Reactive oxygen species (ROS) and oxidative stress play a crucial role in diabetic pathophysiology [41] and play important role in high glucose-induced renal injury [42,43]. The present study demonstrated enhanced redox status within the kidney tissues of type 2 diabetic rats. This is evidenced by significant increase in MDA (product and marker of peroxidations of cell membrane lipids) with significant depletion in the endogenous antioxidants such as GSH, SOD and catalase enzyme activities in kidney tissues of diabetic untreated rats. Treatment with fruit and seed aqueous and methanolic extracts caused significant reduction in MDA in kidney tissues with significant increase in the endogenous antioxidants such as GSH, SOD and catalase enzymes activities. Moreover, the effect of aqueous fruit extract was more powerful compared to other types of extracts. Previous studies reported similar findings for palm date extracts. For instance, in a rat model of trichloroacetic acid (TCA)-induced hepatoxicity, El Arem et al. [16] demonstrated that aqueous palm fruit extract attenuated enhanced redox state in liver as evidenced by significant reduction in hepatic lipid peroxidation products (MDA) with improvement of antioxidant enzyme e.g. catalase, SOD and glutathione peroxidase activities. Al- Qarawi et al. [39] suggested that the nephroprotective action of extracts of the flesh and pits of Phoenix dactylifera in gentamicin-induced nephrotoxicity attributed to the antioxidant components of date such as melatonin, vitamin E and ascorbic acid. Also, Saafi-Ben Salah et al. [17] showed that date aqueous extract of Deglet Nour cultivar has attenuated lipid peroxidation and improved antioxidant defense system in dimethoate-induced nephrotoxicity. The protective effect of aqueous date extract to their high amounts of antioxidant substances such as polyphenols, trace elements, and vitamin C [13,44-46].

Conclusion

We demonstrated in the present study renoprotective effects for palm date fruit and seeds aqueous and methanolic extracts against diabetic nephropathy in rats of type 2 DM. Moreover, the nephroprotective effects of fruit extracts were more powerful than seed extracts. This nephroprotective action might be due to improvement of glucose and lipid homeostasis and the antioxidants properties of its contents such as p-coumaric acid, ferulic acid, caffeic, quercetin and chlorogenic acid.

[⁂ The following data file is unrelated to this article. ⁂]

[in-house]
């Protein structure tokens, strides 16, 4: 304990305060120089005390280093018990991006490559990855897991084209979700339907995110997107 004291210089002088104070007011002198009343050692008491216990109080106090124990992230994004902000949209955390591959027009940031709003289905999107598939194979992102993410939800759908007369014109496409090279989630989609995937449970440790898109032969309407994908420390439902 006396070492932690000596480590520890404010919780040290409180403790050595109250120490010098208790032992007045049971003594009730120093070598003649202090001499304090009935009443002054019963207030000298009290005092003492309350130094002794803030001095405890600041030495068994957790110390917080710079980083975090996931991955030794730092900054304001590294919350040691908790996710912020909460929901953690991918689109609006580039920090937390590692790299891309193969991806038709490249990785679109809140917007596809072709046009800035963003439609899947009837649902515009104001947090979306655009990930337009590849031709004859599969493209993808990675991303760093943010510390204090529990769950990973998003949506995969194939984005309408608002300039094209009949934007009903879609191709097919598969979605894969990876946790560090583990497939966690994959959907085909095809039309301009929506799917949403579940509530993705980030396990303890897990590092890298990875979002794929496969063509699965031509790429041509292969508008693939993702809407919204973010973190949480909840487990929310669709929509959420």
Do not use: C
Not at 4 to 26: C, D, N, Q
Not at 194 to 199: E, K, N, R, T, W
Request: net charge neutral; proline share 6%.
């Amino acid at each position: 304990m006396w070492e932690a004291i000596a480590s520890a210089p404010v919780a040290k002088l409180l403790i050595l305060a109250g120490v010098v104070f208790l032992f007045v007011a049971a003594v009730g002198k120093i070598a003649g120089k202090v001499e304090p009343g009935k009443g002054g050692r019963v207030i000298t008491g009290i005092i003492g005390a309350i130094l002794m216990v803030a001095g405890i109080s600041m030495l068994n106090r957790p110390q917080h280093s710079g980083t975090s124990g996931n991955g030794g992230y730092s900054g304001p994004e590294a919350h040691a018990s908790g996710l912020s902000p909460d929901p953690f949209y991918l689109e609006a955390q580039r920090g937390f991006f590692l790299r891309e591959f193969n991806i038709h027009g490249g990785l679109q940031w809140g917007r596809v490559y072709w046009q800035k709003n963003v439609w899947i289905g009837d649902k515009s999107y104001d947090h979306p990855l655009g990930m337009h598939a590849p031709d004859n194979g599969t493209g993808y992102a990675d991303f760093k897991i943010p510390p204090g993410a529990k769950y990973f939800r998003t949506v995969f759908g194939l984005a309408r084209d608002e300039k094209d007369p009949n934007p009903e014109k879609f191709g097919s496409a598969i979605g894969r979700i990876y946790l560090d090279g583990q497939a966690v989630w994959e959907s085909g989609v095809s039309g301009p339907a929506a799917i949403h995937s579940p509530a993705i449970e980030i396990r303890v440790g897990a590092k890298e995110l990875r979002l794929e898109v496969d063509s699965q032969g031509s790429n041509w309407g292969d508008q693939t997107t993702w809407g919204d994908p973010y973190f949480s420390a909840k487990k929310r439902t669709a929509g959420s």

Conflict of Interest

All authors declare that there was no conflict of interest.

References

Select your language of interest to view the total content in your interested language
Post your comment

Share This Article

Relevant Topics

Recommended Conferences

  • 3rd International Conference on Transcriptomics
    October 30 - November 01, 2017 Bangkok, Thailand
  • 3rd International Conference on Genetic and Protein Engineering (10 Plenary Forums - 1 Event)
    November 08-09, 2017 Las Vegas, USA

Article Usage

  • Total views: 8905
  • [From(publication date):
    June-2016 - Oct 19, 2017]
  • Breakdown by view type
  • HTML page views : 8754
  • PDF downloads :151
 

Post your comment

captcha   Reload  Can't read the image? click here to refresh

Peer Reviewed Journals
 
Make the best use of Scientific Research and information from our 700 + peer reviewed, Open Access Journals
International Conferences 2017-18
 
Meet Inspiring Speakers and Experts at our 3000+ Global Annual Meetings

Contact Us

Agri, Food, Aqua and Veterinary Science Journals

Dr. Krish

[email protected]

1-702-714-7001 Extn: 9040

Clinical and Biochemistry Journals

Datta A

[email protected]

1-702-714-7001Extn: 9037

Business & Management Journals

Ronald

[email protected]

1-702-714-7001Extn: 9042

Chemical Engineering and Chemistry Journals

Gabriel Shaw

[email protected]

1-702-714-7001 Extn: 9040

Earth & Environmental Sciences

Katie Wilson

[email protected]

1-702-714-7001Extn: 9042

Engineering Journals

James Franklin

[email protected]

1-702-714-7001Extn: 9042

General Science and Health care Journals

Andrea Jason

[email protected]

1-702-714-7001Extn: 9043

Genetics and Molecular Biology Journals

Anna Melissa

[email protected]

1-702-714-7001 Extn: 9006

Immunology & Microbiology Journals

David Gorantl

[email protected]

1-702-714-7001Extn: 9014

Informatics Journals

Stephanie Skinner

[email protected]

1-702-714-7001Extn: 9039

Material Sciences Journals

Rachle Green

[email protected]

1-702-714-7001Extn: 9039

Mathematics and Physics Journals

Jim Willison

[email protected]

1-702-714-7001 Extn: 9042

Medical Journals

Nimmi Anna

[email protected]

1-702-714-7001 Extn: 9038

Neuroscience & Psychology Journals

Nathan T

[email protected]

1-702-714-7001Extn: 9041

Pharmaceutical Sciences Journals

John Behannon

[email protected]

1-702-714-7001Extn: 9007

Social & Political Science Journals

Steve Harry

[email protected]

1-702-714-7001 Extn: 9042

 
© 2008-2017 OMICS International - Open Access Publisher. Best viewed in Mozilla Firefox | Google Chrome | Above IE 7.0 version
adwords